Politically drawn House districts, the increased influence of social media, an agenda-driven media, and a polarizing president have all led to the gridlock in Washington, Judd Gregg writes.
While most Americans say they don't mind the slow movement of legislation in Congress, which is understandable given "the damage that has been done by a government constantly moving left," there are also downsides since it means the country is missing out on real tax and entitlement reform, Gregg says in an opinion piece for The Hill.
The former New Hampshire governor and three-term U.S. senator offers four reasons why this is.
Gerrymandering in House districts has resulted in at least 60 percent of districts being drawn according to party affiliation. This means congressmen are more beholden to "their party's base" if they hope to get re-elected. As a result, it also means that lawmakers are less likely to work with the other party and compromise.
"The base on both sides does not tolerate reasonable action, only purity," the three-term senator writes. "The House is thus locked down."
While social media has been a "great boon," Gregg argues, it also allows "the political fringe" to have a much louder voice than in previous decades.
"The shouters on the left and the right have taken center stage with the largest megaphone in history, the Internet," he adds.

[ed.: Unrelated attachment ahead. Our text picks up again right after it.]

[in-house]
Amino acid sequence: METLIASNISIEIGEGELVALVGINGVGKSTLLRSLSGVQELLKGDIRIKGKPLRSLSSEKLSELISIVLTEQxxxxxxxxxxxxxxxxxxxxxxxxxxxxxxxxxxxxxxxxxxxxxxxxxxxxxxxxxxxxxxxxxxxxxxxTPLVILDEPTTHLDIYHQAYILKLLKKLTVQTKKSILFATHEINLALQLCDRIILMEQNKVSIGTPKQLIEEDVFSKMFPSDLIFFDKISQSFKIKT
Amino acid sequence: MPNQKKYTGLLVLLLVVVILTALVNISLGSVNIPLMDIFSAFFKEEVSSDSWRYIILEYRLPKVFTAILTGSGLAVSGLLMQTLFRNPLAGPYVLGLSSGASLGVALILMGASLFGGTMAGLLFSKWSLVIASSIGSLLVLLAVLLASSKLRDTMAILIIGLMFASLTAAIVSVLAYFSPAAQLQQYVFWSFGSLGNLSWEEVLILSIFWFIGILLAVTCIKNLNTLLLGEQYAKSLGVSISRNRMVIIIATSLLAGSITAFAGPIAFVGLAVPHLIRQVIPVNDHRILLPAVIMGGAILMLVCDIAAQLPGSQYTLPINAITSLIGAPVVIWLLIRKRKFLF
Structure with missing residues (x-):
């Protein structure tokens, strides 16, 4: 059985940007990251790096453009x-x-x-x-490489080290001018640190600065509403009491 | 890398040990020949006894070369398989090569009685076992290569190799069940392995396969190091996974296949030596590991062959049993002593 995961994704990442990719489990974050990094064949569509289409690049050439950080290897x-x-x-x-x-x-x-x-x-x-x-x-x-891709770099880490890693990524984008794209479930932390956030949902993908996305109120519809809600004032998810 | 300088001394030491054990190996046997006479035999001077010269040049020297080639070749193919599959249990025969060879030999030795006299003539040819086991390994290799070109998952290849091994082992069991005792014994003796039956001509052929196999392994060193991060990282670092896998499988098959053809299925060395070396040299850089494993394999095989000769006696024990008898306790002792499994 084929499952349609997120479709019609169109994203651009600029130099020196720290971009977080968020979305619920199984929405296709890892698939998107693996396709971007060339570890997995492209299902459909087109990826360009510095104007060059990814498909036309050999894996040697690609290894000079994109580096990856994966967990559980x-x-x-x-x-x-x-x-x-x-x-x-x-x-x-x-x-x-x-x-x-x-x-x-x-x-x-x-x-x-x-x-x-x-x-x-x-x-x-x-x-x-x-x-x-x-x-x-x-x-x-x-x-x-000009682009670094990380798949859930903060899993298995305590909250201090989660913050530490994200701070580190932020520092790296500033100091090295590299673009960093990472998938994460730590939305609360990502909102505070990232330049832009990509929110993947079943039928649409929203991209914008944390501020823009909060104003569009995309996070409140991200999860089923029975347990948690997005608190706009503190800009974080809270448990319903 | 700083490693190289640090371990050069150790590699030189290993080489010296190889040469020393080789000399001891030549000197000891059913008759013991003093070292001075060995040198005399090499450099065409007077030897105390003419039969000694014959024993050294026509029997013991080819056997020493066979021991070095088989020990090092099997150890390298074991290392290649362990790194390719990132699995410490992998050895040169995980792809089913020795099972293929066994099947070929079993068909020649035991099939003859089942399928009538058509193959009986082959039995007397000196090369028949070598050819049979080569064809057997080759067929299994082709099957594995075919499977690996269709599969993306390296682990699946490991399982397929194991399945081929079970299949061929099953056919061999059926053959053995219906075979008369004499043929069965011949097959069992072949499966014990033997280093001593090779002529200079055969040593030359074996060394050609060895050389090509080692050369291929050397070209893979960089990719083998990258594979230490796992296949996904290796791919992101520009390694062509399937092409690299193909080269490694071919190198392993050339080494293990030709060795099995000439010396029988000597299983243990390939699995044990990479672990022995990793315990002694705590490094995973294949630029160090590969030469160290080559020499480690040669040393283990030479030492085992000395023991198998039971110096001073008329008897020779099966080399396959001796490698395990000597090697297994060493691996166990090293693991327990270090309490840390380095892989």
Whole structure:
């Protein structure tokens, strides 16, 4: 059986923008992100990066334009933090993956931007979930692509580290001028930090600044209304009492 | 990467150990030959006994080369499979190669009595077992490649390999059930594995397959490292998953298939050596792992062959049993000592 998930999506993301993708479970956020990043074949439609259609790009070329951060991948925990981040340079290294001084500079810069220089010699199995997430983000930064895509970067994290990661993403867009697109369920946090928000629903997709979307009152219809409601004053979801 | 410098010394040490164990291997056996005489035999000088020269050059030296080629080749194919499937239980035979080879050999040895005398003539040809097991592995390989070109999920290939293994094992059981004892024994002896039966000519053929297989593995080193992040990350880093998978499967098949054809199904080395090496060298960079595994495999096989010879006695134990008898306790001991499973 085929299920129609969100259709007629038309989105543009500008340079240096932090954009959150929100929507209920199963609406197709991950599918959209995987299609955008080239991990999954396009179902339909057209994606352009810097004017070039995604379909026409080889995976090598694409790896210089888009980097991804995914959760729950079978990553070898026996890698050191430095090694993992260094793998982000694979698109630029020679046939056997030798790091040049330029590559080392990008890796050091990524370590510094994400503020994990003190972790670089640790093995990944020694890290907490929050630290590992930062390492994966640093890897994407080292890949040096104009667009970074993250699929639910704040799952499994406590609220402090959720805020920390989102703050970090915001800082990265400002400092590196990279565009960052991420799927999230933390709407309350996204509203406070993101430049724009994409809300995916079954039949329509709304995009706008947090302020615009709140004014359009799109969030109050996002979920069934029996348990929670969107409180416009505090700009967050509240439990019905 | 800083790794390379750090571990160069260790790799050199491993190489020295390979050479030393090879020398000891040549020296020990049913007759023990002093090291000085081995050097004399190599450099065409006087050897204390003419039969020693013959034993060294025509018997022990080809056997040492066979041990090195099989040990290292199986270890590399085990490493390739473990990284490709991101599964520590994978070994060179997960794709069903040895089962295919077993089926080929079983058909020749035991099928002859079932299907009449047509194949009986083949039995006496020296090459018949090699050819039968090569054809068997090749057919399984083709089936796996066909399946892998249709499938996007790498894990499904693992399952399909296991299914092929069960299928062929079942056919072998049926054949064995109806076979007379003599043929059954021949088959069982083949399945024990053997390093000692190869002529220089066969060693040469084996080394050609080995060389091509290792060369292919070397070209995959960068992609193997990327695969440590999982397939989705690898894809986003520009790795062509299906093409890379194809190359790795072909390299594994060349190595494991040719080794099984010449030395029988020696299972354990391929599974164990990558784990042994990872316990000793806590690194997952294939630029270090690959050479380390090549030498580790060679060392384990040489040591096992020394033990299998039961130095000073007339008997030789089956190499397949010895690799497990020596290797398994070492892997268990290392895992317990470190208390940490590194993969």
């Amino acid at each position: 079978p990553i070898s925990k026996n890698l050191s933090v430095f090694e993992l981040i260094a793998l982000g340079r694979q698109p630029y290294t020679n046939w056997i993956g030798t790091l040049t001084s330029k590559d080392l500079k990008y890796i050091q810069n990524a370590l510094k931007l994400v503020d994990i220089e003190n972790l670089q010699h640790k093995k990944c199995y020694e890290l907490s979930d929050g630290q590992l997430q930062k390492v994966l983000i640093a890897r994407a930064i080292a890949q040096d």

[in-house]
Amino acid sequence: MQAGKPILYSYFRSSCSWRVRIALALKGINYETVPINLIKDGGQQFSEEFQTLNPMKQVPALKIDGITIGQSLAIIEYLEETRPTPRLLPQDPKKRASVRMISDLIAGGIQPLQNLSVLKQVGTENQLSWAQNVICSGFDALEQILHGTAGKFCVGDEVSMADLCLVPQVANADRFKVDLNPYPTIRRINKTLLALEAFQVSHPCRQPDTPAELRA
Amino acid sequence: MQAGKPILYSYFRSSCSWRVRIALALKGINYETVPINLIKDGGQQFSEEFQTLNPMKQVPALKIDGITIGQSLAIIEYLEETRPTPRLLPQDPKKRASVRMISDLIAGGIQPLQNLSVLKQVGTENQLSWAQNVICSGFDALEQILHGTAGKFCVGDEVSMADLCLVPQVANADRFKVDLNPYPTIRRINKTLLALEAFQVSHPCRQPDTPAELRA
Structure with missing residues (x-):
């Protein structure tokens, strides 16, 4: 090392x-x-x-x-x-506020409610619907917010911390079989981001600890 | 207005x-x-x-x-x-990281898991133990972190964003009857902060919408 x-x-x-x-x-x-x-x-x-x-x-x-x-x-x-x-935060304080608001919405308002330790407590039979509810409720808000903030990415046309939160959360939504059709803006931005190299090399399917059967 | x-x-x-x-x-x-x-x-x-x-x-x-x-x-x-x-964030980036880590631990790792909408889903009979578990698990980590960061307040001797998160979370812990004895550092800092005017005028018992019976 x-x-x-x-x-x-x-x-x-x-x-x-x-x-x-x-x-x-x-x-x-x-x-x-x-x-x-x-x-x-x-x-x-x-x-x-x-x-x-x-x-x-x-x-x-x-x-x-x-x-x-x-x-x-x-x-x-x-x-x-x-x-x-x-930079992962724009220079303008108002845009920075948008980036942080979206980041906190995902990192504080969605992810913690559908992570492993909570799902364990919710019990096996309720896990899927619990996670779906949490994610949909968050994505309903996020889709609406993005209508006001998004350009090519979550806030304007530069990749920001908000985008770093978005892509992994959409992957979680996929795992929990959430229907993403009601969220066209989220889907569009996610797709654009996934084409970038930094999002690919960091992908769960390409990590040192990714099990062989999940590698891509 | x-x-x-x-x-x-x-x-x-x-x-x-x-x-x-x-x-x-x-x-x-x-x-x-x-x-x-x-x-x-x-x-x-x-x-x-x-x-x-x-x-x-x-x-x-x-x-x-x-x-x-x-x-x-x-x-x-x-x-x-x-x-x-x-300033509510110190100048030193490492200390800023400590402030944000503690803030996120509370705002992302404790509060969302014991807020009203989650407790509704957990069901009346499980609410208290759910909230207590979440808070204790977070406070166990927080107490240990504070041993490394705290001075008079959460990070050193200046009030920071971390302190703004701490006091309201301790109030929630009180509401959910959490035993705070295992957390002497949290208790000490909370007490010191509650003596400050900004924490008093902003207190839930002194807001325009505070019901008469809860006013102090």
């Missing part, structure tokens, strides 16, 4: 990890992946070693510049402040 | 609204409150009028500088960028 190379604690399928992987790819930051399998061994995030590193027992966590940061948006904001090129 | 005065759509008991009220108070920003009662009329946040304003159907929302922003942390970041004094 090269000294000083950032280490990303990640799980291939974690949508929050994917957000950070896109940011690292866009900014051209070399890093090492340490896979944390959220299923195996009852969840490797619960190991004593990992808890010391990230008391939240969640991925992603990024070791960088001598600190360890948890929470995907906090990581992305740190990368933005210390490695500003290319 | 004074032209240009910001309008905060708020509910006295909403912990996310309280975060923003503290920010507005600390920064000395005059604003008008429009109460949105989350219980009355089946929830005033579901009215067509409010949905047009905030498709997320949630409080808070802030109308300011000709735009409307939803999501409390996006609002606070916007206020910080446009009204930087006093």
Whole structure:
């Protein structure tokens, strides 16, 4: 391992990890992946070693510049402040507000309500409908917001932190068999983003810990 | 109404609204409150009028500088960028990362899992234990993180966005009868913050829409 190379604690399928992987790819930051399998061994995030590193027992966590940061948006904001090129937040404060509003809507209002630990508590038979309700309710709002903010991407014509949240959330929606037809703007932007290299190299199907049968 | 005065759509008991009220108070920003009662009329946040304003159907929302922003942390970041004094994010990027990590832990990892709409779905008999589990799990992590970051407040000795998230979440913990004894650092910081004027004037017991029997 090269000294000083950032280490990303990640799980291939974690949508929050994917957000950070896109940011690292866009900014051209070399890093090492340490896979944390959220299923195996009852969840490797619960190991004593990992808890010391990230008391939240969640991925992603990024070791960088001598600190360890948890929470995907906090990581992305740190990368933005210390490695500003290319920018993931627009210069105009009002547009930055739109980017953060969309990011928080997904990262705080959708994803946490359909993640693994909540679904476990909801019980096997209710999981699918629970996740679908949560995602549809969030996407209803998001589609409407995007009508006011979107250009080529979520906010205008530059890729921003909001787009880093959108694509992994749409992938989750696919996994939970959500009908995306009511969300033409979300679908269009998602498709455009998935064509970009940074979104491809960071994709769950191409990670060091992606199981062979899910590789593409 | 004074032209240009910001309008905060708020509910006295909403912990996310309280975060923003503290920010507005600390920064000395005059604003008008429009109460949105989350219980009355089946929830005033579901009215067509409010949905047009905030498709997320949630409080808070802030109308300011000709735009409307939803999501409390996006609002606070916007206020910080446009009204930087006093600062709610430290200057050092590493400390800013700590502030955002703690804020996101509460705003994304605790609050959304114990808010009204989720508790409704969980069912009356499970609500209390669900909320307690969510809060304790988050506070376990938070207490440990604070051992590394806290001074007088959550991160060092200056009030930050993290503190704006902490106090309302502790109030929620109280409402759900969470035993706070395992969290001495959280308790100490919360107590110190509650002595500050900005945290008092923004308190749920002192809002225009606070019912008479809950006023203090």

"They use it with incredible zest, dominating blogs, Twitter, Facebook, and all other forms of exchange. They shout down anyone who has the temerity to disagree with them."
The other major hurdle "is the reawakening of advocacy media."
Gregg explains that this type of media used to be the norm up until the Civil War, but the increase in advocacy and the lack of objective reporting makes thoughtful discussions difficult, which makes it harder for a divided government to make progress.
Lastly, he cites the class warfare that has been drummed up by President Barack Obama, which Gregg says the president is using to "intentionally" divide the country.
"We have a president who is openly, and rather meanly, trying to set one group of Americans against another group, those who are very successful," Gregg concludes.
"We are a nation of many, made into one, built on the values of the founders. It is a nation that cannot be governed if it is being divided by its president."
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